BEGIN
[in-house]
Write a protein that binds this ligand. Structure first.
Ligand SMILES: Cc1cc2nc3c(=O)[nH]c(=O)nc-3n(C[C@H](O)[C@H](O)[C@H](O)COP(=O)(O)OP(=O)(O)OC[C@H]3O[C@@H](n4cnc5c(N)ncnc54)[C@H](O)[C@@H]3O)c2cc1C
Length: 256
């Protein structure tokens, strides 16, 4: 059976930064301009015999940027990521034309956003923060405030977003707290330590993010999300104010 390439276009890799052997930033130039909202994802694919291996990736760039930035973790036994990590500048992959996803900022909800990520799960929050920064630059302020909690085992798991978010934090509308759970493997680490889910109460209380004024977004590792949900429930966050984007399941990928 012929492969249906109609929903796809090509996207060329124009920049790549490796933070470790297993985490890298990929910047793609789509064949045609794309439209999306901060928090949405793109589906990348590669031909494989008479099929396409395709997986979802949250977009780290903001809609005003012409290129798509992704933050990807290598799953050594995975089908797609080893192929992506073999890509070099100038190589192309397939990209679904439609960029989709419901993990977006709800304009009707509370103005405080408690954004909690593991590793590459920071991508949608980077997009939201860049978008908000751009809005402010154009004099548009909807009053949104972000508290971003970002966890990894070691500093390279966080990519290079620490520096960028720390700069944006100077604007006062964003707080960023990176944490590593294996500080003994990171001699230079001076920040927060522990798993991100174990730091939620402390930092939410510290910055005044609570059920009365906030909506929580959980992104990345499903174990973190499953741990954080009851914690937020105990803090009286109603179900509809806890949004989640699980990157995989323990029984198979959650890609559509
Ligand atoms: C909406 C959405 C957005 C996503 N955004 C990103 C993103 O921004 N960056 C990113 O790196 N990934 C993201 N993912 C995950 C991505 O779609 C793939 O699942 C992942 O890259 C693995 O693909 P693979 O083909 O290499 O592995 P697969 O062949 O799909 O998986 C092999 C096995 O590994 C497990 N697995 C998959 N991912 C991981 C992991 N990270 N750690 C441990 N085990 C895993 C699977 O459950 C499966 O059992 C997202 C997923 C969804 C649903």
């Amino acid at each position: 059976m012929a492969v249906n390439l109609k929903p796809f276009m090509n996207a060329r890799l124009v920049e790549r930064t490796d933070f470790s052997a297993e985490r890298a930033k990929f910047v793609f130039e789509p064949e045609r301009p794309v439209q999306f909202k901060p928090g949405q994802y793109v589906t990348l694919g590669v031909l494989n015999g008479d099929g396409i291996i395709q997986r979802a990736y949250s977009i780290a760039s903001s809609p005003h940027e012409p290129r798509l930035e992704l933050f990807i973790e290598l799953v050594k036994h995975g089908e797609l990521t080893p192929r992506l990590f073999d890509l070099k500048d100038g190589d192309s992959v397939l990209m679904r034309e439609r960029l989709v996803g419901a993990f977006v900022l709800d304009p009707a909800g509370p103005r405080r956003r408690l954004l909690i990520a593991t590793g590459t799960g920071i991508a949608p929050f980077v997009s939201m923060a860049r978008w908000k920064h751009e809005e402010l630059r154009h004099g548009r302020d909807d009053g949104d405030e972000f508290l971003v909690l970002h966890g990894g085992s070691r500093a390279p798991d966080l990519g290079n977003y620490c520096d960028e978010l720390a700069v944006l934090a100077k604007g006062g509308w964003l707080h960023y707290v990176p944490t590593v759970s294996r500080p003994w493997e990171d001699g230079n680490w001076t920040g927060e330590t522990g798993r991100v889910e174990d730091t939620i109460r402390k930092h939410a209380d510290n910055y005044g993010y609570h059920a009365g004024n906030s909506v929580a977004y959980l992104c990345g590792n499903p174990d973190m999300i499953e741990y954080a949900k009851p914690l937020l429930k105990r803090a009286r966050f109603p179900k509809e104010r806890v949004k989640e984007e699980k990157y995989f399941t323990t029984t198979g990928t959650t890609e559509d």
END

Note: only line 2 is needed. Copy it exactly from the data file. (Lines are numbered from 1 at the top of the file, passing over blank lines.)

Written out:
Write a protein that binds this ligand. Structure first.